So Madeirans are loyal and have returned in their droves where they find an Island that prospers and a lovely setting in which to live. So we have come across, almost every day, SA accented Portuguese or, even, just South Africans holidaying here.

The Livadas obsess. They are astonishing; and vital to the island’s existence. Temperate though the climate may be with mists swirling the mountains and rain falling fairly regularly, even snow on the peaks, because Madeira is basically a rock sticking out of the sea, the water runs off it like a roof; there are no rivers, just gorges and flash floods. There are water shortages and the livadas act like gutters collecting the run off and diverting water all round the island along a maze of complex canals that run in contours at unimaginably impossible heights, sometimes through tunnels, along ledges and there is always the gurgle of water to be heard. It is miraculous.

Today we went to look at the Palheiro Gardens, inextricably entwined with the fortunes of Madeira wine and the Blandy family: a merchant dynasty founded two centuries ago on the Atlantic island of Madeira by a young Englishman in search of better living. Today the Blandys are best known as the leading shippers of Madeira wine but, from the foundation of the firm in 1811, they built up an extensive trading business, sending shipments of wine and goods across the oceans, to North America and Caribbean, to India and the Baltic. The family made remarkable sums from coaling and victualling passing ships, supplying both Yankees and Confederates during the American Civil War. While numerous English wine houses were ruined by the devastating wine plagues of the 1850s and 1870s the Blandys emerged with the world’s finest stock of vintage Madeiras, a tradition magnificently maintained at their Wine Lodge in Funchal.

They restored the old Estate of the 1st Count of Carvalhal, re-establishing the beautiful gardens and building up a considerable collection of exotic trees and shrubs.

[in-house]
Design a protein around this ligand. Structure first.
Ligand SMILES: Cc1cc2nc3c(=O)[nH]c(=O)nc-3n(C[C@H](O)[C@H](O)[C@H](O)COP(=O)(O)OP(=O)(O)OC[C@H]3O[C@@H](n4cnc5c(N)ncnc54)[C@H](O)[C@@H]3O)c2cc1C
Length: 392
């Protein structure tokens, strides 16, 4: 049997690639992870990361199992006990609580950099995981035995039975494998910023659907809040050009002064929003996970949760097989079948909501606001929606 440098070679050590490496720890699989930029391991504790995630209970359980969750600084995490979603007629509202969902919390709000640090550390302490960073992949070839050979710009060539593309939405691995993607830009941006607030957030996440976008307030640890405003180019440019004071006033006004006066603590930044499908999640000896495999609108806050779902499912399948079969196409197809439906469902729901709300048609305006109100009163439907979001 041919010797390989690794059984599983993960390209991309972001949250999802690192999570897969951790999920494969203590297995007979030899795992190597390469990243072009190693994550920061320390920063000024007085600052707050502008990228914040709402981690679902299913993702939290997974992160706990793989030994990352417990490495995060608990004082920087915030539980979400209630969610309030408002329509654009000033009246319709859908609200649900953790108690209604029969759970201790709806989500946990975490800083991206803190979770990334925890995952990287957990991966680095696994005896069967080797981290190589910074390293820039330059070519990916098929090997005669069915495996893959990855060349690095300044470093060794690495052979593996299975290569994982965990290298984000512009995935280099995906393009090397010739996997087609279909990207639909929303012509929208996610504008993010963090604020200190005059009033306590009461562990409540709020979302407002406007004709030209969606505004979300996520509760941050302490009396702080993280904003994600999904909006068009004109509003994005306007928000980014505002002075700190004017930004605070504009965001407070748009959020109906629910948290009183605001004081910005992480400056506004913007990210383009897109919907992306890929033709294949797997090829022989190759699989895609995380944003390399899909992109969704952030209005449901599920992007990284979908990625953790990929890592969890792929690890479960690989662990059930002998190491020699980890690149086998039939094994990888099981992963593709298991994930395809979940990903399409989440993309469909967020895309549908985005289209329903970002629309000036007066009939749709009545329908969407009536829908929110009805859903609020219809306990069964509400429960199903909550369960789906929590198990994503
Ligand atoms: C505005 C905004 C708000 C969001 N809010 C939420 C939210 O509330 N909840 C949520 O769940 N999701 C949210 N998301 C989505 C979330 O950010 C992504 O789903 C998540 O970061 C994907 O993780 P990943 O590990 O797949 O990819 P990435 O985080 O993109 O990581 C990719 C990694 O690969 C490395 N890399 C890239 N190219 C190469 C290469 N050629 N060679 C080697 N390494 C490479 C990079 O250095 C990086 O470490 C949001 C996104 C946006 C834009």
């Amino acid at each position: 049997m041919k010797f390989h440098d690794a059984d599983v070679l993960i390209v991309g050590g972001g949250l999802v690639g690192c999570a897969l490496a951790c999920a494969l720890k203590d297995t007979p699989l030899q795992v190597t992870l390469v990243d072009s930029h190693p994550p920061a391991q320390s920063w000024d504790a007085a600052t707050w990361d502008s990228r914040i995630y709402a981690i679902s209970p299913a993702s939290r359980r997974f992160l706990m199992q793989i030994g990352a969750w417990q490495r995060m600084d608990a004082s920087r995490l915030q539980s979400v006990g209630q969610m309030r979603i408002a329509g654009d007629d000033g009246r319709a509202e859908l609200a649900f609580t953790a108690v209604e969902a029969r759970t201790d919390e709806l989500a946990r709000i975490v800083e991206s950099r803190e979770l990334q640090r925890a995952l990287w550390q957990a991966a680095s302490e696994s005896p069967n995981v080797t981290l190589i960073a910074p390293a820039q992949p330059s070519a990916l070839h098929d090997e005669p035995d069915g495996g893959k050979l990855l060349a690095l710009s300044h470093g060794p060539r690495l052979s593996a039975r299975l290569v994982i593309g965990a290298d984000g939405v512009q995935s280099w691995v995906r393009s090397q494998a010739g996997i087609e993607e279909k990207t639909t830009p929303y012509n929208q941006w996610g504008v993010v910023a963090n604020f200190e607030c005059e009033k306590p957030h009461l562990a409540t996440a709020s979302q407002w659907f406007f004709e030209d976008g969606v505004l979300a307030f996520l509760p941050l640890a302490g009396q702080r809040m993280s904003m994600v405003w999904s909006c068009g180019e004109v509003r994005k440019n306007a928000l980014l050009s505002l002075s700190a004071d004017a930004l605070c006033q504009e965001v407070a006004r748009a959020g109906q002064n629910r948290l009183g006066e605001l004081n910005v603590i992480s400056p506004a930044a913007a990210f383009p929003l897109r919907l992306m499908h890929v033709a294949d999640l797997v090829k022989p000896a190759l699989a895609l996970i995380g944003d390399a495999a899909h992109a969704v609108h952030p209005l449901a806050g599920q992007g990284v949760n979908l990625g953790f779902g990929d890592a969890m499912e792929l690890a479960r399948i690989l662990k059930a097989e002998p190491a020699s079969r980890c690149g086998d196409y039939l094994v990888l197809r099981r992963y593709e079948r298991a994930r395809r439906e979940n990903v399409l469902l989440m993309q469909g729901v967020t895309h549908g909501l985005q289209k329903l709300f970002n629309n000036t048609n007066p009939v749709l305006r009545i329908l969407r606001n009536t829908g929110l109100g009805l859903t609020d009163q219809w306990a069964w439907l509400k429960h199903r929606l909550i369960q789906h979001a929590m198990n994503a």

There is a tea house there overlooking, believe it or not, an 18 hole golf course, surely the only course on the island, where we were delighted by and fell for the Pasteis de Nata, a custard tart of inestimable wonder that I cannot keep my eyes off and my mouth away from!

And we all fall for them!

Valentine’s Day, 14th February, 2020.

And don’t forget Fado. I love Fado. Many say its music and poetry to kill yourself with its so depressing. Get out the razor blades and Nembutal!

Not so.

Its warm and funny; sad and evocative and as Alexandra Sousa explained to us, the feelings, the passions are more important than the technical perfection of the singing. Justice must be done to the truth of the poetry.

We visited Sabor a Fardo a restaurant in the old town run by a family of singer/restaurateurs who served up typical Madeiran fare and entertained us to an evening of Fado: Mother (Alexandra Sousa), Father, Daughter, Daughter-in-Law (Sofia Ferreira) and on guitar and Portuguese Guitar – a beautiful instrument – son and a cousin.

It was an evening so filled with warmth and love; clearly this family get along well and their commitment to the music was obvious. Much dedication there.

We spoke to both Alexandra – definitely the most mature voice and clearly a matriarch – and Sofia and they told us of the history of local Fado and their part in it.

Justice must be done to the truth of the poetry.We visited Sabor a Fado a restaurant in the old town run by a family of singer/restaurateurs who served up typical Madeiran fare and entertained us to an evening of Fado: Mother (Alexandra Sousa), Father, Daughter, Daughter-in-Law (Sofia Ferreira) and on guitar and Portuguese Guitar – a beautiful instrument – son and a cousin.

It was an evening so filled with warmth and love; clearly this family get along well and their commitment to the music was obvious. Much dedication there.


We spoke to both Alexandra – definitely the most mature voice and clearly a matriarch – and Sofia and they wonderfully explained the history of Fado and their part as a family in it. We came away from the evening feeling warm after an evening of great humour and love. It’s a tender music. The Portuguese Guitar looks and sounds very like a mandolin but is not; rather, it was explained, it is an English invention, the English guitar which caught on in Portugal during the 16th Century and was imported and slightly adapted into its present shape and sound. We came home very happy. 

Here is a sample of Alexandra Sousa’s Fado.

16th February, 2020.

I first came to Madeira when I was a little boy travelling from Durban to Southampton on the RMS Edinburgh Castle.We arrived early in the morning and 

stayed for the day. Madeira had recently extended the harbour so that our 28,708 ton ship could just squeeze into it. Before that ships rode  anchor and you went ashore on lighters. Little boats would put out from the shore with tourist trinkets, lace and clothing made on the island for sale, Madeira wines and cakes and other tourist knick-knacks.

Lithe men would dive for coins from the boat deck in an amazing display of prowess and bravery.